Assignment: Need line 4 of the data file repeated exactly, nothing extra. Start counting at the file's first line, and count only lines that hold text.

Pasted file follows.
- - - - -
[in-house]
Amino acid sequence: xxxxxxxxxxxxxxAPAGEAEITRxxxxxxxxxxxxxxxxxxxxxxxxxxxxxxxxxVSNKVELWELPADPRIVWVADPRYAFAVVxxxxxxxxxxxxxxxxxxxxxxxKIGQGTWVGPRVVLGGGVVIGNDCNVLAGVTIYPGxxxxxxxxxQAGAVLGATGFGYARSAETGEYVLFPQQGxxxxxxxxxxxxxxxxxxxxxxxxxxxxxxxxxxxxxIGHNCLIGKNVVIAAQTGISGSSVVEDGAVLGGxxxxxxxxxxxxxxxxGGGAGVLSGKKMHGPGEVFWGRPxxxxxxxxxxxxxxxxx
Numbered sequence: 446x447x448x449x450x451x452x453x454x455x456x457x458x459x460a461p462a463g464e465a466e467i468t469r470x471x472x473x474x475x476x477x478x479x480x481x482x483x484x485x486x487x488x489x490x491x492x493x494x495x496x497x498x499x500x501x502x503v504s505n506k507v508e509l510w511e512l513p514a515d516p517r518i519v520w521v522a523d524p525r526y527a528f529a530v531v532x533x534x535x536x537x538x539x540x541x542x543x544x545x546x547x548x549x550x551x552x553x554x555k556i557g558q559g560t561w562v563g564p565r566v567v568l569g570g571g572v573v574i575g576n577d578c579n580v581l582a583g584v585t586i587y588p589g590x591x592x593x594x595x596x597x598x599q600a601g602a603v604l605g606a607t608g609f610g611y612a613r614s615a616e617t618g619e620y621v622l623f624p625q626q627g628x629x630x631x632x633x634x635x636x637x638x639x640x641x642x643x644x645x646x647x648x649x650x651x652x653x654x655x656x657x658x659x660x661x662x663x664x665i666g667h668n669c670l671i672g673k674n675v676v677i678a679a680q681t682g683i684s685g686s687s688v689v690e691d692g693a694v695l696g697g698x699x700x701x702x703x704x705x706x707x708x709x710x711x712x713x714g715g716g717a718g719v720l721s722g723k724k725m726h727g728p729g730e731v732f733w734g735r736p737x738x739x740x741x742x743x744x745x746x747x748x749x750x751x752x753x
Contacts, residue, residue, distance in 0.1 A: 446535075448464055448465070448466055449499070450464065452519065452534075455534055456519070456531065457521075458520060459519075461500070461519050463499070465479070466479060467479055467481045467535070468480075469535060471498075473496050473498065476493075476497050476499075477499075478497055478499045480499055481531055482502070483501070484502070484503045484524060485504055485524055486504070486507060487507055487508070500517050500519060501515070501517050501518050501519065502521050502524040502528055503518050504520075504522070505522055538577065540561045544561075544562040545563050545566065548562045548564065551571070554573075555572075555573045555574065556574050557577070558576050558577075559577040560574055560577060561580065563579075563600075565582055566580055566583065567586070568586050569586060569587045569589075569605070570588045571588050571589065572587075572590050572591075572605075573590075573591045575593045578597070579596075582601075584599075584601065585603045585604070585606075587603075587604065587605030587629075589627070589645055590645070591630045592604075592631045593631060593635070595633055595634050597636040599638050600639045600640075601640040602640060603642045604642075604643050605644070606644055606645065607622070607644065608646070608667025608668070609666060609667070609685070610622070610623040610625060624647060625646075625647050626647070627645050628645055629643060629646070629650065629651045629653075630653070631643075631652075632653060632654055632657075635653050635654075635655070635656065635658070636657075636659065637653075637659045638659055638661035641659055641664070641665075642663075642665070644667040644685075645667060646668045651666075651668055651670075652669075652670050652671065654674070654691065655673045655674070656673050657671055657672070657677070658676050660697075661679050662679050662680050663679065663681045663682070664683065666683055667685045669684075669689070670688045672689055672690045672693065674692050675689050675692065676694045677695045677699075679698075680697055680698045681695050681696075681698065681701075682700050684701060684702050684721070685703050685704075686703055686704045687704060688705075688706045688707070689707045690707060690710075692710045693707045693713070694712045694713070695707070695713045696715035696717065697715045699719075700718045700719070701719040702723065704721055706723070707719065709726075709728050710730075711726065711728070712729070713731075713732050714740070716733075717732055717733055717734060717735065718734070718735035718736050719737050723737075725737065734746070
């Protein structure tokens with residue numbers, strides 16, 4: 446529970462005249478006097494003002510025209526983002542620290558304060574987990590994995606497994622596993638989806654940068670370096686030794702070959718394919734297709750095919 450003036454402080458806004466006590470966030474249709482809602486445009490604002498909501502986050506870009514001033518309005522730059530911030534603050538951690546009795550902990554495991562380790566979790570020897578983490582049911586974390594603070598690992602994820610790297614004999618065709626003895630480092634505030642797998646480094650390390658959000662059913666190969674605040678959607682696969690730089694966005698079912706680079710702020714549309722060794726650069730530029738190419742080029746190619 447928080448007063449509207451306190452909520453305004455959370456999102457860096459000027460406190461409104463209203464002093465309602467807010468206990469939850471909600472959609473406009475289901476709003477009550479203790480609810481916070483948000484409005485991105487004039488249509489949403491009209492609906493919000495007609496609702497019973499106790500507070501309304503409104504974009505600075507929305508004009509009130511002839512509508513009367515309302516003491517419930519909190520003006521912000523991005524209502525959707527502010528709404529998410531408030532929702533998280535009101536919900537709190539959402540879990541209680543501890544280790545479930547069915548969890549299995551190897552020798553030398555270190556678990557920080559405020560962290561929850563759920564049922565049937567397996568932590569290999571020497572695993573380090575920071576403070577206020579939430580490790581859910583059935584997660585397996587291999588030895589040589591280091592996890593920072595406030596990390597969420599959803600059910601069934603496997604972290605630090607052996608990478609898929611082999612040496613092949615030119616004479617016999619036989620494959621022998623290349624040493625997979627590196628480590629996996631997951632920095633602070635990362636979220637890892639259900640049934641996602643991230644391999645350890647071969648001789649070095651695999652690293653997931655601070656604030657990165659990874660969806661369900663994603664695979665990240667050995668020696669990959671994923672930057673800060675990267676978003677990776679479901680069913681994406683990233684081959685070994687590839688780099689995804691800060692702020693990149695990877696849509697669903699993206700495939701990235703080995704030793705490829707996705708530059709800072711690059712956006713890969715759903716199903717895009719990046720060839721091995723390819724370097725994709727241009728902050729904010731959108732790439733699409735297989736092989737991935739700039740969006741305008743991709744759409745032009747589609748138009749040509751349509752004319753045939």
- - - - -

Contacts, residue, residue, distance in 0.1 A: 446535075448464055448465070448466055449499070450464065452519065452534075455534055456519070456531065457521075458520060459519075461500070461519050463499070465479070466479060467479055467481045467535070468480075469535060471498075473496050473498065476493075476497050476499075477499075478497055478499045480499055481531055482502070483501070484502070484503045484524060485504055485524055486504070486507060487507055487508070500517050500519060501515070501517050501518050501519065502521050502524040502528055503518050504520075504522070505522055538577065540561045544561075544562040545563050545566065548562045548564065551571070554573075555572075555573045555574065556574050557577070558576050558577075559577040560574055560577060561580065563579075563600075565582055566580055566583065567586070568586050569586060569587045569589075569605070570588045571588050571589065572587075572590050572591075572605075573590075573591045575593045578597070579596075582601075584599075584601065585603045585604070585606075587603075587604065587605030587629075589627070589645055590645070591630045592604075592631045593631060593635070595633055595634050597636040599638050600639045600640075601640040602640060603642045604642075604643050605644070606644055606645065607622070607644065608646070608667025608668070609666060609667070609685070610622070610623040610625060624647060625646075625647050626647070627645050628645055629643060629646070629650065629651045629653075630653070631643075631652075632653060632654055632657075635653050635654075635655070635656065635658070636657075636659065637653075637659045638659055638661035641659055641664070641665075642663075642665070644667040644685075645667060646668045651666075651668055651670075652669075652670050652671065654674070654691065655673045655674070656673050657671055657672070657677070658676050660697075661679050662679050662680050663679065663681045663682070664683065666683055667685045669684075669689070670688045672689055672690045672693065674692050675689050675692065676694045677695045677699075679698075680697055680698045681695050681696075681698065681701075682700050684701060684702050684721070685703050685704075686703055686704045687704060688705075688706045688707070689707045690707060690710075692710045693707045693713070694712045694713070695707070695713045696715035696717065697715045699719075700718045700719070701719040702723065704721055706723070707719065709726075709728050710730075711726065711728070712729070713731075713732050714740070716733075717732055717733055717734060717735065718734070718735035718736050719737050723737075725737065734746070